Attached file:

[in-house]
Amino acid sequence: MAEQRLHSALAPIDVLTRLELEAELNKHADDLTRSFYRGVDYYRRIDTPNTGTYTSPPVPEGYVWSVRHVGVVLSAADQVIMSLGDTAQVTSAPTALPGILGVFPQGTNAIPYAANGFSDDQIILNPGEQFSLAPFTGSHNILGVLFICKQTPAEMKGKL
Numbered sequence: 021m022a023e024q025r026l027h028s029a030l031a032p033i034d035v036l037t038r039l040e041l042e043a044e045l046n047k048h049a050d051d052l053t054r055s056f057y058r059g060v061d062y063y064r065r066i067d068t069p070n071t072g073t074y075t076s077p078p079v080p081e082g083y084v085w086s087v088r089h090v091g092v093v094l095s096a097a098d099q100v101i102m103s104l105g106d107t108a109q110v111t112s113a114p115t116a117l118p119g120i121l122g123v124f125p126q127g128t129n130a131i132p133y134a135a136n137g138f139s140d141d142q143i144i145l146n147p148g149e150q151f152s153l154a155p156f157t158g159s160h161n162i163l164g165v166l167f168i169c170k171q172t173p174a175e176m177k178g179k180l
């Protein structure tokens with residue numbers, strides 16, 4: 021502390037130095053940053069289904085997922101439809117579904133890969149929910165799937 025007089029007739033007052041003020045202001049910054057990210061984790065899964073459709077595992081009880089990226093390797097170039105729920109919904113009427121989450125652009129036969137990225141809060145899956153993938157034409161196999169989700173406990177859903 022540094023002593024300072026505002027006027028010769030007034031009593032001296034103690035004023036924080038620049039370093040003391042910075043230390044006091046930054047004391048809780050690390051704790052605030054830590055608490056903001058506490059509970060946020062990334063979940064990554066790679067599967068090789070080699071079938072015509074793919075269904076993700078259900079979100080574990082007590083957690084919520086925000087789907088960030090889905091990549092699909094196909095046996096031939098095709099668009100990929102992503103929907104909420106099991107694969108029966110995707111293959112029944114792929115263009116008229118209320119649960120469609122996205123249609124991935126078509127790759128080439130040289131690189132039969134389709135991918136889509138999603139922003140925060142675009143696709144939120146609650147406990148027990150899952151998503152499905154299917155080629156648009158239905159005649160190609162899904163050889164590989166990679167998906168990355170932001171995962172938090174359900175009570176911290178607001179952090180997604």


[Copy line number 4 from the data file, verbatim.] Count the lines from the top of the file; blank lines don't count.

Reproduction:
């Protein structure tokens with residue numbers, strides 16, 4: 021502390037130095053940053069289904085997922101439809117579904133890969149929910165799937 025007089029007739033007052041003020045202001049910054057990210061984790065899964073459709077595992081009880089990226093390797097170039105729920109919904113009427121989450125652009129036969137990225141809060145899956153993938157034409161196999169989700173406990177859903 022540094023002593024300072026505002027006027028010769030007034031009593032001296034103690035004023036924080038620049039370093040003391042910075043230390044006091046930054047004391048809780050690390051704790052605030054830590055608490056903001058506490059509970060946020062990334063979940064990554066790679067599967068090789070080699071079938072015509074793919075269904076993700078259900079979100080574990082007590083957690084919520086925000087789907088960030090889905091990549092699909094196909095046996096031939098095709099668009100990929102992503103929907104909420106099991107694969108029966110995707111293959112029944114792929115263009116008229118209320119649960120469609122996205123249609124991935126078509127790759128080439130040289131690189132039969134389709135991918136889509138999603139922003140925060142675009143696709144939120146609650147406990148027990150899952151998503152499905154299917155080629156648009158239905159005649160190609162899904163050889164590989166990679167998906168990355170932001171995962172938090174359900175009570176911290178607001179952090180997604």